Blood cancer has subtle and surprising symptoms. Doctors share the most common ones that may require a closer look.
What is blood cancer?
“Blood cancer is a very broad diagnostic entity, but when you think of blood cancers, you’re typically thinking leukemia, lymphoma, and multiple myeloma, and they can span across many different sub-types,” says Sean Fischer, MD, medical oncologist and hematologist at Providence Saint John’s Health Center and adjunct assistant professor of medical oncology at John Wayne Cancer Institute in Santa Monica, California. Lymphoma occurs when cancerous cells are found in the lymphatic system. Leukemia originates in the bone marrow when the body creates an excess of abnormal white blood cells, which then interfere with the bone marrow’s production of red blood cells and platelets. In the case of multiple myeloma, cancer starts in the blood’s plasma cells, a certain type of white blood cell found in the bone marrow. Because blood cancer symptoms come on gradually, they are all too easy to ignore or overlook. These are the most common signs—just remember that they can also be symptoms of other, milder conditions, as well.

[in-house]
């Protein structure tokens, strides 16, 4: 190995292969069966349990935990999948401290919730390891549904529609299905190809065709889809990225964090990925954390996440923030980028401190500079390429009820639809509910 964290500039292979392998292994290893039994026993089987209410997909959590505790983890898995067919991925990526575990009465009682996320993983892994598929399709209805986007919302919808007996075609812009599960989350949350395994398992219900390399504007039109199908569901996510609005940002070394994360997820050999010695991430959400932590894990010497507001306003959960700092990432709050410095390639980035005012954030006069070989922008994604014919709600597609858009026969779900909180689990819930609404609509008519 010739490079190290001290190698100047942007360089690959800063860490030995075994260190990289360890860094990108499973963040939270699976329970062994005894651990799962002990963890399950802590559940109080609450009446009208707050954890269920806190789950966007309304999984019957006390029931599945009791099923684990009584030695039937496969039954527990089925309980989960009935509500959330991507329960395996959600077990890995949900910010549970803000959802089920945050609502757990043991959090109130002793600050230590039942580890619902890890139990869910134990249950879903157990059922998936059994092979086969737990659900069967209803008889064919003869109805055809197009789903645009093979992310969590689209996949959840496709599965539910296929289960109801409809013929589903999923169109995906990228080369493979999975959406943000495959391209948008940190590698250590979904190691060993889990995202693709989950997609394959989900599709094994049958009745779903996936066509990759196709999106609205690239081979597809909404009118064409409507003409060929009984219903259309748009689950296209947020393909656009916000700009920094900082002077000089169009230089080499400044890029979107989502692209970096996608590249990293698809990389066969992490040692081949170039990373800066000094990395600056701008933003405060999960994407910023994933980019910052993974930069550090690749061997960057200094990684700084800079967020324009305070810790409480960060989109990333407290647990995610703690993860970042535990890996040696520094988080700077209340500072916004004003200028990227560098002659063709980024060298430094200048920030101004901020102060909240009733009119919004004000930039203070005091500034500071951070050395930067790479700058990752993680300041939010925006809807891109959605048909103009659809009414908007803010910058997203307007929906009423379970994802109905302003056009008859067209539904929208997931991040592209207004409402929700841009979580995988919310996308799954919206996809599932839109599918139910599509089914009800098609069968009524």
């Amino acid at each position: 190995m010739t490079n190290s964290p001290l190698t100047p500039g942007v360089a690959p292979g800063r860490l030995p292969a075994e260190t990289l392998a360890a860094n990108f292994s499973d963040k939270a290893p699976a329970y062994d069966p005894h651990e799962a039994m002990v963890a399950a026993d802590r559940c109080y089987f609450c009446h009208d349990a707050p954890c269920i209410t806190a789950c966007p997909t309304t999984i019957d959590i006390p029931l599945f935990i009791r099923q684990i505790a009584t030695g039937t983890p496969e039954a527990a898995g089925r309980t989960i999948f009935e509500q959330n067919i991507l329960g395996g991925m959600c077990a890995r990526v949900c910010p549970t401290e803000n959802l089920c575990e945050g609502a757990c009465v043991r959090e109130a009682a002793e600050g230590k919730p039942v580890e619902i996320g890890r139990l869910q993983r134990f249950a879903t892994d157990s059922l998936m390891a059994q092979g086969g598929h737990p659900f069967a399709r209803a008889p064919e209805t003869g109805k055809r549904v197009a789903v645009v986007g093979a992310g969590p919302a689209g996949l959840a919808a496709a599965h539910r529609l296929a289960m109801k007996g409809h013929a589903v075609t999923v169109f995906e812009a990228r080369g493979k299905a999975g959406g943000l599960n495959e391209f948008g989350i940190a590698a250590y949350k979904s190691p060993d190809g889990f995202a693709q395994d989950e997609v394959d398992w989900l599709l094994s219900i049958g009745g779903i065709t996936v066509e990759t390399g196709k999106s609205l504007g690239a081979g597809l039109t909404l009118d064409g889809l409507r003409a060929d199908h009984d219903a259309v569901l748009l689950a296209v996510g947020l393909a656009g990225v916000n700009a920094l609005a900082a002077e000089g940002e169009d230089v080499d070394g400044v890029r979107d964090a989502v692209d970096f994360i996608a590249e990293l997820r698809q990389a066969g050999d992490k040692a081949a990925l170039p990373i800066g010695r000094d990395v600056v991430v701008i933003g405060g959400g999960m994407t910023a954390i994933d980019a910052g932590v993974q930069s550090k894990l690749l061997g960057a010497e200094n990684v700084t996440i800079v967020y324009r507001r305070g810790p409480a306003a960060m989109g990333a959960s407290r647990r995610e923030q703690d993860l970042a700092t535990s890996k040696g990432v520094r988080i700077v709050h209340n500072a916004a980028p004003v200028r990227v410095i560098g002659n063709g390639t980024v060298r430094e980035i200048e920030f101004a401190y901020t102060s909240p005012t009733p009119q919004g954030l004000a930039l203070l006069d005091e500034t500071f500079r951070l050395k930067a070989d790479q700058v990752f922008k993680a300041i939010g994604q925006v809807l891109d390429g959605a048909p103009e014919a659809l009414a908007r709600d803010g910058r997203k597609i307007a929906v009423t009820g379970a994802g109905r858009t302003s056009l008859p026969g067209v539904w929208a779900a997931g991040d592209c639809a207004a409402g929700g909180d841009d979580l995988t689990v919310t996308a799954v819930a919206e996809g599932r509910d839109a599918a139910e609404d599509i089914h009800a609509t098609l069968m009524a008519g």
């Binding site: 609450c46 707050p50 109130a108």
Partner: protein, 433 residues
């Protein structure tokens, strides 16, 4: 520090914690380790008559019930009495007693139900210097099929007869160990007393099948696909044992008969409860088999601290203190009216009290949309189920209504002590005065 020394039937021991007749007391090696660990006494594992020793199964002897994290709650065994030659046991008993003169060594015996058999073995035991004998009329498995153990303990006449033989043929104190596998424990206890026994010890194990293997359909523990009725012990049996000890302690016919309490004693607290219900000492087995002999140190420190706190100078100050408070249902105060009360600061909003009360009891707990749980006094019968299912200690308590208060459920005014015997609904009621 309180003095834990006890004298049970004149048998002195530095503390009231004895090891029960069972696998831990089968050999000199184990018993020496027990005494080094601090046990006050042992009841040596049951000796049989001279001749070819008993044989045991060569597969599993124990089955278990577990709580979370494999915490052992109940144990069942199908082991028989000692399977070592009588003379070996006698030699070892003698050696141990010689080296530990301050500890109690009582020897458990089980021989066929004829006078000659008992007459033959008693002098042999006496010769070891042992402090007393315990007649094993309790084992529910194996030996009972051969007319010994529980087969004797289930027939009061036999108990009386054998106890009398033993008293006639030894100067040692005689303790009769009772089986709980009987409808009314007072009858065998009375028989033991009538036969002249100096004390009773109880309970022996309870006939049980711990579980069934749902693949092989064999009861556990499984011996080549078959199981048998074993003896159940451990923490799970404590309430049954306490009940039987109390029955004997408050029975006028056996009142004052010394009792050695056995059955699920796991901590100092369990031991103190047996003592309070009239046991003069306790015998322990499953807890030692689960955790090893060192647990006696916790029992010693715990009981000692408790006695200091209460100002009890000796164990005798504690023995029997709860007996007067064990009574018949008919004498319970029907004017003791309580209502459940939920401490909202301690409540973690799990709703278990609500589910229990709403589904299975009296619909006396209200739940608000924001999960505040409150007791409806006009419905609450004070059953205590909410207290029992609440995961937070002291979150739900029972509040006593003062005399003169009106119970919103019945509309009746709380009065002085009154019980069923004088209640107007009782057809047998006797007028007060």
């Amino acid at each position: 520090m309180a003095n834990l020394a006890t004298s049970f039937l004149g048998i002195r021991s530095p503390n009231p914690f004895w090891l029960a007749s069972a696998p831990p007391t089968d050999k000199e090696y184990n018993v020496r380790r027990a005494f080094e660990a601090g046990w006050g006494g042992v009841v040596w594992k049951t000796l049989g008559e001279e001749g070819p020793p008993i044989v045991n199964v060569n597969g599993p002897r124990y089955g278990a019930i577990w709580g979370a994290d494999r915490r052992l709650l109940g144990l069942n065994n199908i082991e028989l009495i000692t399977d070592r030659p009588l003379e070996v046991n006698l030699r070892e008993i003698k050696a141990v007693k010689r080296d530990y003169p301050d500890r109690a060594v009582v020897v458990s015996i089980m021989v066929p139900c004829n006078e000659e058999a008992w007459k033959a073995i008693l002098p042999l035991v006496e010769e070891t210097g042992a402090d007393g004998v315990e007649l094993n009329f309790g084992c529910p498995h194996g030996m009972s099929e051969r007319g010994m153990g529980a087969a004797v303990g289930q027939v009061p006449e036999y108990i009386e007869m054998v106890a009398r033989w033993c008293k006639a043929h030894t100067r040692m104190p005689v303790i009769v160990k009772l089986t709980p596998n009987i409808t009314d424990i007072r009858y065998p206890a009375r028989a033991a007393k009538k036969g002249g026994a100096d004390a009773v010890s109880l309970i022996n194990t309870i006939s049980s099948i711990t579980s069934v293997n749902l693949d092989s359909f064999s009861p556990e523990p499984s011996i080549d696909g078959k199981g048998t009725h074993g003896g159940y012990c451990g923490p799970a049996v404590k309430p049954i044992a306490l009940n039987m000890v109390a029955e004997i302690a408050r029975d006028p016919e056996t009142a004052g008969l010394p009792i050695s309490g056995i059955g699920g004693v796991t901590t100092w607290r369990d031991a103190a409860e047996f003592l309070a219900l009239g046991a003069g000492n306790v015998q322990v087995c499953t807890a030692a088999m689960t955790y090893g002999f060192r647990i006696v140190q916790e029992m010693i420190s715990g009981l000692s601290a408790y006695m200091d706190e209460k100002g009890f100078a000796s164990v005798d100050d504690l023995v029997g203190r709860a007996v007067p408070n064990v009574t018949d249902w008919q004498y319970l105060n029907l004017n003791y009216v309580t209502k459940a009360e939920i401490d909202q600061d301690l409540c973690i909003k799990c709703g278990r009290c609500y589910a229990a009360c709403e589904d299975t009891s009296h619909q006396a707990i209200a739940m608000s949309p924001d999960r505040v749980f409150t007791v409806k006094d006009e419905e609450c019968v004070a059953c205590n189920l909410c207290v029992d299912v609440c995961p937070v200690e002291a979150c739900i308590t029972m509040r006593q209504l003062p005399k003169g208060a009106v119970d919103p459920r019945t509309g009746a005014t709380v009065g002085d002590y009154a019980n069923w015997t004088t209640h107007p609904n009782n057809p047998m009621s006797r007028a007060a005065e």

Unexplained bruising that seems to come out of nowhere (you don’t remember tripping or accidentally running into the coffee table) can result from certain blood-thinning medications or an infection; it can also be a warning sign of a blood cancer like leukemia, says Jack Jacoub, MD, medical oncologist and medical director of MemorialCare Cancer Institute at Orange Coast Medical Center in Fountain Valley, California. That’s because excessive bruising typically occurs when the body has a low platelet count, a sign that could point to a blood disorder.
Unexplained bleeding that doesn’t stop easily can be another symptom of some types of leukemia, according to the American Cancer Society. Again, blood-thinning medications can also make it tough for your blood to clot and stem bleeding. In people with leukemia, abnormal white blood cells can impair the ability of platelets to coagulate, which can lead to excessive bleeding.
While you may write off your exhaustion to a busy schedule or stressful workload, constant fatigue that isn’t getting better warrants a visit to your doctor to rule out something more serious. “When you’re not able to produce healthy red blood cells [as those with blood cancers can’t] you can develop anemia,” explains Dr. Fischer. “This results in fatigue and low energy.”